- The Washington Times - Wednesday, October 4, 2006


Muslim riots mar Orthodox festival

ADDIS ABABA — At least four persons were killed and many were wounded in religious riots in western Ethiopia this week as Christians and Muslims clashed during a seasonal Orthodox festival.

In addition to the casualties, two Christian churches were set ablaze and about 100 people fled during unrest that flared on Sunday near the town of Jimma, about 305 miles west of this capital, a senior official with the Ethiopian Orthodox Church said yesterday.

“According to our reports, the Muslims told the Christians they can’t celebrate Meskel because it is their [Muslim] land,” he told Agence France-Presse. Meskel, “cross” in Amharic, is an Orthodox festival marking the arrival of spring. It follows the Ethiopian New Year that began September 11.


Islamists vow war against peacekeepers

KISMAYO — Hundreds of Muslims took to the street of this key southern port yesterday, threatening holy war against proposed foreign peacekeepers.

A day after a militia allied to the country’s weak government said it would retake Kismayo from Islamists who seized it last week, at least 400 people marched through town to protest plans for a regional peacekeeping mission.


Madonna opens AIDS orphanage

LILONGWE — Pop diva Madonna arrived here yesterday to adopt an African child and fund an orphan center for 1,000 children, many of whom lost parents to AIDS. A fleet of cars and trucks specially flown in whisked her entourage to an undisclosed location after their private plane landed.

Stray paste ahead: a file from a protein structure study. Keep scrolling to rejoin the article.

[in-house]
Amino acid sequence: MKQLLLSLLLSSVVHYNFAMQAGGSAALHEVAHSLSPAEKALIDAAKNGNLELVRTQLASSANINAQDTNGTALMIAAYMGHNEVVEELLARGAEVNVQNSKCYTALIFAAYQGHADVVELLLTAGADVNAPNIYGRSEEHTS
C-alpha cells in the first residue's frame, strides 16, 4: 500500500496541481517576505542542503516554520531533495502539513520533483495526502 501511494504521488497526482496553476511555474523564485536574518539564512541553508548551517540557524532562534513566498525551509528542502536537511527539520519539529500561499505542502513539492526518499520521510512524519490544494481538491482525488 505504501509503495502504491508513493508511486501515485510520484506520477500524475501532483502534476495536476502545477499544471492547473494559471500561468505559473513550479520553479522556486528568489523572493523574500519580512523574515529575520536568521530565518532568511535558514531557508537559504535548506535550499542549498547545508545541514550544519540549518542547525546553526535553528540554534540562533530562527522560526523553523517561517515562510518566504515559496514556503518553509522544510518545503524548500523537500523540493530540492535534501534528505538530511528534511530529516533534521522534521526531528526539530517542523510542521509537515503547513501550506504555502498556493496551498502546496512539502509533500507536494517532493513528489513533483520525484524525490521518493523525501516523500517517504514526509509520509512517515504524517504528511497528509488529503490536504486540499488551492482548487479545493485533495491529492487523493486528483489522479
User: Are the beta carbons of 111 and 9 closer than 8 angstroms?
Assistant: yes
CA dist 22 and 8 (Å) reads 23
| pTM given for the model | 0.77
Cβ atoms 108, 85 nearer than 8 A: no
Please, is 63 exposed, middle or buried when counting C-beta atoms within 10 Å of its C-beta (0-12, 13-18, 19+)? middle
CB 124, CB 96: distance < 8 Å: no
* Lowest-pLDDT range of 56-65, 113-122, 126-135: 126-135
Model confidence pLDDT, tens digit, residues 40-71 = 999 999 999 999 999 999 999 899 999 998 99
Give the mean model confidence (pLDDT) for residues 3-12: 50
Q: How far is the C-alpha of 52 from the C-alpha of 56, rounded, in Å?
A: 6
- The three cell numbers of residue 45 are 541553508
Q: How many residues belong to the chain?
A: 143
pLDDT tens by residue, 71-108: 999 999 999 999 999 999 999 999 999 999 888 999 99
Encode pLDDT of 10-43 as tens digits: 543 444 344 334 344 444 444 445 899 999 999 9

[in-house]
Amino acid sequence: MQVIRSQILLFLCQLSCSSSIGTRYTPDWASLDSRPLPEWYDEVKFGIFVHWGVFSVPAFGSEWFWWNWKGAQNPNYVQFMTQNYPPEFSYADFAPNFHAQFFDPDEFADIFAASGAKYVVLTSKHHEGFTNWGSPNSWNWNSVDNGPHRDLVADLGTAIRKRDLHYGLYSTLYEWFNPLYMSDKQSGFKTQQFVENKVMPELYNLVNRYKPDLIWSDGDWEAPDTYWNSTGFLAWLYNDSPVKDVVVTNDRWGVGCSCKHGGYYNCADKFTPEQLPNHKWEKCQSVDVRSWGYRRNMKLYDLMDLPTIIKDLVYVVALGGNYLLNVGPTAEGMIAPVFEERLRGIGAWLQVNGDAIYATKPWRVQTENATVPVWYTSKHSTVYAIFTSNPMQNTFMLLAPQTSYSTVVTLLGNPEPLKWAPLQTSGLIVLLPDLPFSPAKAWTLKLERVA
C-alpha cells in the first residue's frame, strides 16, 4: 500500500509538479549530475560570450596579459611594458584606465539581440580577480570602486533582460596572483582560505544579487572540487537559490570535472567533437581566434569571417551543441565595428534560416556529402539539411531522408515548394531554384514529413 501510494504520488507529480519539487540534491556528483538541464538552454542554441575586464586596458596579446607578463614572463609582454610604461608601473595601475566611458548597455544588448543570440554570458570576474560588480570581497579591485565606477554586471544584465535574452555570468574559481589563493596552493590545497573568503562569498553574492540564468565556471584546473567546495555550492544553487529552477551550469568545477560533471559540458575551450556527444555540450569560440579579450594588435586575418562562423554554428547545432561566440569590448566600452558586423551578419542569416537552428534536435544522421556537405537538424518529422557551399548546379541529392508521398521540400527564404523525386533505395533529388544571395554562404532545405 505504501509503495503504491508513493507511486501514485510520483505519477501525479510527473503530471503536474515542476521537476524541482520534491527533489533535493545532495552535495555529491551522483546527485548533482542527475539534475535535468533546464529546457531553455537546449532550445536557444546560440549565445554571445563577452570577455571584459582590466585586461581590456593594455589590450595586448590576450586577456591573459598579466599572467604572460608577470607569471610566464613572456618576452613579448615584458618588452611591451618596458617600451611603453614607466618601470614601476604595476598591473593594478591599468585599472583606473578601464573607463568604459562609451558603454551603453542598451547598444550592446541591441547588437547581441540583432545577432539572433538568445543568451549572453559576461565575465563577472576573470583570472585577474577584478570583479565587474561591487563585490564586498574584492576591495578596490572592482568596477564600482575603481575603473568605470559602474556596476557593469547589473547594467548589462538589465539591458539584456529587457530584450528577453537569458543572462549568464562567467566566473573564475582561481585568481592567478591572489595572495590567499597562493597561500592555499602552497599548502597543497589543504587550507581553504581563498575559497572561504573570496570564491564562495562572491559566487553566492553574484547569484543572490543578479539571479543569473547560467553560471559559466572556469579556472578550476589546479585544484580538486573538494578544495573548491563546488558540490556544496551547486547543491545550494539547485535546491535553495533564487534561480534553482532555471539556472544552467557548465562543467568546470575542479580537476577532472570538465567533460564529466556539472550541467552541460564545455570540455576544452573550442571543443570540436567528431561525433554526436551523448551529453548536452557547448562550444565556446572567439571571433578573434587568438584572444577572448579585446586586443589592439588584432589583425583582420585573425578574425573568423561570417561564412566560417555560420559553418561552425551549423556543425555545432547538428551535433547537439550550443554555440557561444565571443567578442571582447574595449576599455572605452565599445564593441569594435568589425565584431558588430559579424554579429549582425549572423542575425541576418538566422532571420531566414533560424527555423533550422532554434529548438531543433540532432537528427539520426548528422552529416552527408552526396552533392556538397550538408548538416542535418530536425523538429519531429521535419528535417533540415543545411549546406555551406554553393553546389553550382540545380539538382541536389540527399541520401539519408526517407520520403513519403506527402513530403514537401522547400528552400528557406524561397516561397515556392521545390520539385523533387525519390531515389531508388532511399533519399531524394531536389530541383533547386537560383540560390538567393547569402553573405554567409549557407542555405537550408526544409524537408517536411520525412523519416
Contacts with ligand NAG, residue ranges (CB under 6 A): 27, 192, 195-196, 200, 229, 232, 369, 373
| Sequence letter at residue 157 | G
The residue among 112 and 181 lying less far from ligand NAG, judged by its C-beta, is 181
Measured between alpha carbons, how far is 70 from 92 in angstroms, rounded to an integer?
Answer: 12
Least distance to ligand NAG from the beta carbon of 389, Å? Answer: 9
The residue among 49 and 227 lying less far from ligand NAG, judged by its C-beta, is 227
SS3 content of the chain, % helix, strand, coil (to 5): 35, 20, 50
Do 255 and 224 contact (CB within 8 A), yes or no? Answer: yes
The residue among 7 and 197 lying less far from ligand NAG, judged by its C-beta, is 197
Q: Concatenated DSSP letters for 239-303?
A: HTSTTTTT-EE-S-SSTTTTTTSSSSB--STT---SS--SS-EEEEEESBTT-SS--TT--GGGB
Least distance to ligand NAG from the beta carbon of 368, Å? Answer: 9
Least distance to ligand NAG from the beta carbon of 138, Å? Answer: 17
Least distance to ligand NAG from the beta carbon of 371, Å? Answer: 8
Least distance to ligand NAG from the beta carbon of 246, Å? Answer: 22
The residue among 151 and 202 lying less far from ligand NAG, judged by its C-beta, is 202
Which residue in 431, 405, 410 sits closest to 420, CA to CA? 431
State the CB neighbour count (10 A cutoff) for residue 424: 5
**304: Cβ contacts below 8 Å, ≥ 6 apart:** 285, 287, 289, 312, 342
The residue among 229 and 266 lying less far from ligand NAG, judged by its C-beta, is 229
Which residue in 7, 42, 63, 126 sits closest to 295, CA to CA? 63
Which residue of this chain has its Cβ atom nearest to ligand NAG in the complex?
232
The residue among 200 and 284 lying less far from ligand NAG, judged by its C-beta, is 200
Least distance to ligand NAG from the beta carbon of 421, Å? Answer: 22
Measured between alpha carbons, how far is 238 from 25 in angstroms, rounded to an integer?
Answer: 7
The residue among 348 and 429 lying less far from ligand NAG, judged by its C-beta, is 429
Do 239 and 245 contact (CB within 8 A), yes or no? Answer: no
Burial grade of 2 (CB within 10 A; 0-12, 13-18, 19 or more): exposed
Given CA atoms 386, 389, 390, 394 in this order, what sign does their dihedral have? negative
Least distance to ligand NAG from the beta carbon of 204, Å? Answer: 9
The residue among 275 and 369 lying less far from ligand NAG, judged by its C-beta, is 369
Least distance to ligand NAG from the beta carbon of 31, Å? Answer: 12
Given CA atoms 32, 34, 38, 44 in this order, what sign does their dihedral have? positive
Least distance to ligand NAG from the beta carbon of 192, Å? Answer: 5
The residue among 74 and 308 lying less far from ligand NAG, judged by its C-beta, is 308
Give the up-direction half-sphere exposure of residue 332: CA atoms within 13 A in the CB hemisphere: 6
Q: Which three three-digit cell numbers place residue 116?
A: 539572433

“She came straight from the plane, greeted the minister [of women and development] in the VIP lounge, then went straight to her car,” said Adrina Michiela, a government spokeswoman.

Weekly notes …

The U.N. war crimes tribunal for Rwanda said yesterday it is closing in on Felicien Kabuga, its most-wanted genocide fugitive, believed to be hiding in Kenya. An official with the International Criminal Tribunal for Rwanda (ICTR) said the court was pleased with cooperation it is getting from Kenya in tracking down the businessman accused of financing the 1994 massacres. His “time as a free man is coming to an end any time now,” said ICTR deputy registrar Everard O’Donnell. … The U.N. World Food Program yesterday announced the creation of a global network of emergency aid depots to speed responses to humanitarian emergencies around the world. WFP said the five hubs — in Africa, Europe, the Middle East, Asia and Latin America — will be stocked with relief goods and equipment that could be delivered to crisis zones within 48 hours.

From wire dispatches and staff reports

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